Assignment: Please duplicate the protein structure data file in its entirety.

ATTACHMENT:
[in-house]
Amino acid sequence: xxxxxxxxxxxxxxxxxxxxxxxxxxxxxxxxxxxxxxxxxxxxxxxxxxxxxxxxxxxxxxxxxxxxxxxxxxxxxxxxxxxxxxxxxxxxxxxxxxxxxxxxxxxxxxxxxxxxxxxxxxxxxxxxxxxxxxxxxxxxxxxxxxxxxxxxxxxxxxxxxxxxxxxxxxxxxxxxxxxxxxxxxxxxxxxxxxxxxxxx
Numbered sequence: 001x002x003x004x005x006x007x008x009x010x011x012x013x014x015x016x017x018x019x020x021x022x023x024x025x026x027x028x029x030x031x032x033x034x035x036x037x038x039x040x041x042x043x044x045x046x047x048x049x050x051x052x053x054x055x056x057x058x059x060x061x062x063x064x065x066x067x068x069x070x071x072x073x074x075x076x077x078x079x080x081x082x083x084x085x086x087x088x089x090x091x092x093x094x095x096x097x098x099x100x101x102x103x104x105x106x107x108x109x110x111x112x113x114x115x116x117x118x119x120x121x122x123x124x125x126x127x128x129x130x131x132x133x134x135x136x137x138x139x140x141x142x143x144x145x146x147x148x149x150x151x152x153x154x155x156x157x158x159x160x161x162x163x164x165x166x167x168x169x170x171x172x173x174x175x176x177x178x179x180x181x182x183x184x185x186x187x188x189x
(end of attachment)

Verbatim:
[in-house]
Amino acid sequence: xxxxxxxxxxxxxxxxxxxxxxxxxxxxxxxxxxxxxxxxxxxxxxxxxxxxxxxxxxxxxxxxxxxxxxxxxxxxxxxxxxxxxxxxxxxxxxxxxxxxxxxxxxxxxxxxxxxxxxxxxxxxxxxxxxxxxxxxxxxxxxxxxxxxxxxxxxxxxxxxxxxxxxxxxxxxxxxxxxxxxxxxxxxxxxxxxxxxxxxx
Numbered sequence: 001x002x003x004x005x006x007x008x009x010x011x012x013x014x015x016x017x018x019x020x021x022x023x024x025x026x027x028x029x030x031x032x033x034x035x036x037x038x039x040x041x042x043x044x045x046x047x048x049x050x051x052x053x054x055x056x057x058x059x060x061x062x063x064x065x066x067x068x069x070x071x072x073x074x075x076x077x078x079x080x081x082x083x084x085x086x087x088x089x090x091x092x093x094x095x096x097x098x099x100x101x102x103x104x105x106x107x108x109x110x111x112x113x114x115x116x117x118x119x120x121x122x123x124x125x126x127x128x129x130x131x132x133x134x135x136x137x138x139x140x141x142x143x144x145x146x147x148x149x150x151x152x153x154x155x156x157x158x159x160x161x162x163x164x165x166x167x168x169x170x171x172x173x174x175x176x177x178x179x180x181x182x183x184x185x186x187x188x189x